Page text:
Demand for Basquiat’s work has risen since his death, as his legacy continues to endure among new generation of art collectors. Here’s a few reasons why Basquiat’s legend continues to grow.
Basquiat’s “Untitled” painting was just auctioned off for a record-breaking $110.5 million.
Basquiat’s talents escaped the radar of many major museums during the 1980s, leaving many of his works in the hands of private collectors. Basquiat’s short career means there is a limited supply of his works available, many of which are unknown, even among avid collectors and those closest to him.
The record-breaking “Untitled” painting was so underground that even his sisters had no idea it existed until this year’s auction. The New York Times reported the painting was originally purchased for $19,000 in 1984.
Basquiat’s Puerto Rican mother helped influence Basquiat’s love of the arts.
At a young age, Basquiat’s mother, Matilde, took him to museums and the theater. By the age of four, his desire to create art was completely on display. A freak car accident sent Basquiat to the hospital. To keep him occupied, his mother gave young Basquiat a copy of the medical diagram book “Grey’s Anatomy.” Later in life, these drawings would play an important role in Basquiat’s paintings.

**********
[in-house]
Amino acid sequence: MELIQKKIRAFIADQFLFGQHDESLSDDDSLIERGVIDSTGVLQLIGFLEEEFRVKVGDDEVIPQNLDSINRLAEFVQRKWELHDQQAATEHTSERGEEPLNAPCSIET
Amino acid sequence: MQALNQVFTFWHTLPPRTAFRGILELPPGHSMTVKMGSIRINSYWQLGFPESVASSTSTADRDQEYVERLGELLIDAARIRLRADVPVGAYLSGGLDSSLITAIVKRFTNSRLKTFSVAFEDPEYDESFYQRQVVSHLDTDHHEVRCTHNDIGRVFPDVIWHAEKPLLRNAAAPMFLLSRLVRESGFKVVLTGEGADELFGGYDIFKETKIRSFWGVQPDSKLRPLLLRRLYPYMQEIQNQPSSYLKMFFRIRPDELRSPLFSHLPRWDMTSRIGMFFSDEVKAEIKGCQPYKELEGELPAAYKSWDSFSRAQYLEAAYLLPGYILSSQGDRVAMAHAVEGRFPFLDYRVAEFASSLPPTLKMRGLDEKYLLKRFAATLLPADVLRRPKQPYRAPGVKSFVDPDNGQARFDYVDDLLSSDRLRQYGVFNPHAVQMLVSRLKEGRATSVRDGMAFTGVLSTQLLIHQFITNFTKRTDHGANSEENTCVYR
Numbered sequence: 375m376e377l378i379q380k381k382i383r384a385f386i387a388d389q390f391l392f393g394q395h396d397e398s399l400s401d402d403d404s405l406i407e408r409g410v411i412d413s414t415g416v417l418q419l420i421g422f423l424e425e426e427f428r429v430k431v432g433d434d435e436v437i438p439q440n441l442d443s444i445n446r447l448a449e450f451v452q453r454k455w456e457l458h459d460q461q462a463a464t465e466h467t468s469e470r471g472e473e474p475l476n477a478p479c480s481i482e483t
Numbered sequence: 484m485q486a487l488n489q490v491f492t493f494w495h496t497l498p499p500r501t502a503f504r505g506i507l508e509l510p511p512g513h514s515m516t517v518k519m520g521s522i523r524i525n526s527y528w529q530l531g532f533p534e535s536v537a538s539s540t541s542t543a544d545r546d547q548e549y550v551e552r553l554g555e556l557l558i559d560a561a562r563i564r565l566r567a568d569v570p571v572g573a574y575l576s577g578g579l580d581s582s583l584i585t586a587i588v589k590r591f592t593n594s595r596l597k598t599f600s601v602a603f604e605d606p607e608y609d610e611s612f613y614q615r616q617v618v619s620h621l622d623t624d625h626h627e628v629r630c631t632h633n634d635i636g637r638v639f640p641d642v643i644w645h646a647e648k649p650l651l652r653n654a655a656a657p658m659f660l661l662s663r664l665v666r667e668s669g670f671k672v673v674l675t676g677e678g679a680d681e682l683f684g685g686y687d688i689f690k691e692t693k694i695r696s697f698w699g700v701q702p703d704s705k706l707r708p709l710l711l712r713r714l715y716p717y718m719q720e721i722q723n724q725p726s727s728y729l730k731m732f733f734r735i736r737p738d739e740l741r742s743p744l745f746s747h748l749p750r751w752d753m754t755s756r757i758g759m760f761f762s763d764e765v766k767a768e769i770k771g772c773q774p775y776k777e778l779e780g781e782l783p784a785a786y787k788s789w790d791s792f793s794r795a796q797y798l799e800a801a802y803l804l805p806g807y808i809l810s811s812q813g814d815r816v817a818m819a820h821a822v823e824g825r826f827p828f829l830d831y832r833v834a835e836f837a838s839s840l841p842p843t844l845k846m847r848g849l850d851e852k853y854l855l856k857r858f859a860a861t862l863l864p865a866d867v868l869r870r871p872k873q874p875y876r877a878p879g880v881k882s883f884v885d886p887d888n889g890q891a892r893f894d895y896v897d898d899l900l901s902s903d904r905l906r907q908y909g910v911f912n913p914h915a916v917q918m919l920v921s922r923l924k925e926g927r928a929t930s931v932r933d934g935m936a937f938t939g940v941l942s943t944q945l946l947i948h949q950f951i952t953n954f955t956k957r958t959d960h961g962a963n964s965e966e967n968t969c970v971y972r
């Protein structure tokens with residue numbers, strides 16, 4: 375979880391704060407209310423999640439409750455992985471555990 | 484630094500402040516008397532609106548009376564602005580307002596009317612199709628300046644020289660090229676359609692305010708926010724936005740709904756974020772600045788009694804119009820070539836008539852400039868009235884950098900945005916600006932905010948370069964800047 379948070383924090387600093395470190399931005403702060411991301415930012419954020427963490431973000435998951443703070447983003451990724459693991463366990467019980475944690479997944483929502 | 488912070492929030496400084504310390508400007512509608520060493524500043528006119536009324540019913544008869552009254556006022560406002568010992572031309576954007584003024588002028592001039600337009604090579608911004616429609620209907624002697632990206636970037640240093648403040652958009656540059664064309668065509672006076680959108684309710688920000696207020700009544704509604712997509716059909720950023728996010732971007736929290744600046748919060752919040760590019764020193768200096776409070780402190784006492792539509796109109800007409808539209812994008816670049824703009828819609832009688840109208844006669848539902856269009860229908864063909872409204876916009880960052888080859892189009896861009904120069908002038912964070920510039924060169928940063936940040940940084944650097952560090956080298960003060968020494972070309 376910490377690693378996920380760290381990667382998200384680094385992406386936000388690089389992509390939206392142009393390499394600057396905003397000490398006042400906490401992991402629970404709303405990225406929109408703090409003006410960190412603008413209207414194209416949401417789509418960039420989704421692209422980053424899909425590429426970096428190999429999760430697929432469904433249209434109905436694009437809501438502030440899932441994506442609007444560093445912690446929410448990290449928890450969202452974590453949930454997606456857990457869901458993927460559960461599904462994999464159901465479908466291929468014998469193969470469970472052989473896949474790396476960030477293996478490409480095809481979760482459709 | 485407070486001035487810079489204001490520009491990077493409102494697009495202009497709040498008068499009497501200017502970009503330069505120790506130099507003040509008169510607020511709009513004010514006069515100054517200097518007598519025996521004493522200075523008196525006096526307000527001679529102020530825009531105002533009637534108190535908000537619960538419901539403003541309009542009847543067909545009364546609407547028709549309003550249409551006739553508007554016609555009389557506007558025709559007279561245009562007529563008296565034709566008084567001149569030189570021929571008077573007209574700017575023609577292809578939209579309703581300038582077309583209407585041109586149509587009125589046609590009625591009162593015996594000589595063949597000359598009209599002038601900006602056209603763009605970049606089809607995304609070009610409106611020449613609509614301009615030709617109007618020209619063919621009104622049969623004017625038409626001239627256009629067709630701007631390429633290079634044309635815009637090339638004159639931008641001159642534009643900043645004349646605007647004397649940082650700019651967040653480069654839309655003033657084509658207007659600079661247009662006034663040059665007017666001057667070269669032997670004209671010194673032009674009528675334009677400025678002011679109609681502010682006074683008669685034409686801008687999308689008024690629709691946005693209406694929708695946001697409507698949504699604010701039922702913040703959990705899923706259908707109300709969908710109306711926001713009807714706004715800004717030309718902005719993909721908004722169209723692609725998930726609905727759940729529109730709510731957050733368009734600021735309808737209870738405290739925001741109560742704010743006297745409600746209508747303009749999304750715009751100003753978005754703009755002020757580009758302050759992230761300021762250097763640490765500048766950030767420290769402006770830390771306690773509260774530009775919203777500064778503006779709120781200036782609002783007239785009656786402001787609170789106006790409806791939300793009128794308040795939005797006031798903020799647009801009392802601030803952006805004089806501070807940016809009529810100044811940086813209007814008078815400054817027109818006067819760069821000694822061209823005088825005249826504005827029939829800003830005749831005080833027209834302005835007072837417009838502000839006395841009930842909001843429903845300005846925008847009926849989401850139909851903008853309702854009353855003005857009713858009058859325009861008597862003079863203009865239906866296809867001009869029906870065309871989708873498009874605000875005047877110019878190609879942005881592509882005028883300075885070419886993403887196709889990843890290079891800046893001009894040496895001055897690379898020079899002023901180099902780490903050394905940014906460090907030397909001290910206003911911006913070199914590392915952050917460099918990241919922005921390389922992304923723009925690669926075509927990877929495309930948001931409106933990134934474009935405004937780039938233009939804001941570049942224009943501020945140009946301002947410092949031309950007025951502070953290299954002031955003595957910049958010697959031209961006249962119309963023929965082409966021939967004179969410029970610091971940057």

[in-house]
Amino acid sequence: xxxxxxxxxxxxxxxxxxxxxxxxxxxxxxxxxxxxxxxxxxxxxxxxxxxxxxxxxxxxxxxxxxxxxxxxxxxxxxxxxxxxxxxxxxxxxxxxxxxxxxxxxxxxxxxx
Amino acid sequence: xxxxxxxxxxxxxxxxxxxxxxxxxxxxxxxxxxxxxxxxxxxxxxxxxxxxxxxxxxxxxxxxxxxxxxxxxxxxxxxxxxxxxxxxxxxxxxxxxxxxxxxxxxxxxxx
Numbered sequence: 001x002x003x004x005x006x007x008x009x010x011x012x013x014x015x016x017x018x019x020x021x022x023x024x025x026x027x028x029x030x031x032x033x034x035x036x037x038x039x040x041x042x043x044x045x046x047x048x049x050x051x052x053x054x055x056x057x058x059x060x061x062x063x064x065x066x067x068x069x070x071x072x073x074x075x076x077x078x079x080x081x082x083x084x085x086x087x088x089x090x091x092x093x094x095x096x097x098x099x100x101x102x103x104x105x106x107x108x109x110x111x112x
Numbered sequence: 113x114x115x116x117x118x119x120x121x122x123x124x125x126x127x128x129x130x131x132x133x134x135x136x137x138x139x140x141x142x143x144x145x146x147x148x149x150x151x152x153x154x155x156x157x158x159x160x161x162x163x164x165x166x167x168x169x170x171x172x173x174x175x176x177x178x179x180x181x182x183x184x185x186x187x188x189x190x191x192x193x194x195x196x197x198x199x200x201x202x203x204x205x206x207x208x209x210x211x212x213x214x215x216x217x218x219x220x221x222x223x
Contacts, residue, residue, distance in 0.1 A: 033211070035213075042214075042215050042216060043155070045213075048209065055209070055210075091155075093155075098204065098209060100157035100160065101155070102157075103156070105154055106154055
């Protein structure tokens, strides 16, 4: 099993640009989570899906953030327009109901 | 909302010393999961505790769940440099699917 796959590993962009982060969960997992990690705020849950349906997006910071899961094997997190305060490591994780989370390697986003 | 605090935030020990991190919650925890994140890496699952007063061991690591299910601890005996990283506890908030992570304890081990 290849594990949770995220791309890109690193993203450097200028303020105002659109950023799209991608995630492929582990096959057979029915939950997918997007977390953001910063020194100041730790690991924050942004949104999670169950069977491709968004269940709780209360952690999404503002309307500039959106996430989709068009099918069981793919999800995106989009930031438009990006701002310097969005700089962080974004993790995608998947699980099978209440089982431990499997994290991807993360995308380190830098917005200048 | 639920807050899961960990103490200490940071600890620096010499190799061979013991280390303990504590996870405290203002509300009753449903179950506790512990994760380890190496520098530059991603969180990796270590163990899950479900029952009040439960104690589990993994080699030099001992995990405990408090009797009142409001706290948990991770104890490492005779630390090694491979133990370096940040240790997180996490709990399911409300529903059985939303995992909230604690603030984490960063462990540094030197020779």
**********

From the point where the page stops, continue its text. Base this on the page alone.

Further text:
Basquiat gained a reputation during his homeless period in Washington Square Park.
When he was 17 years old, Basquiat ran away from his home in Brooklyn, ending up in Manhattan’s Washington Square Park, where he slept and worked, New York magazine reported. Basquiat became well-acquainted with LSD, and other drugs, while making ends meet by selling postcards, sweatshirts, and jewelry to passersby. In Washington Square Park, Basquiat cut an imposing figure, sporting a bleached blond mohawk, no shoes, and a trenchcoat. “His eyes could eat your face,” Phoebe Hoban wrote in her book, “Basquiat.”
Around this same time, Basquiat was also developing his skills as a street artist.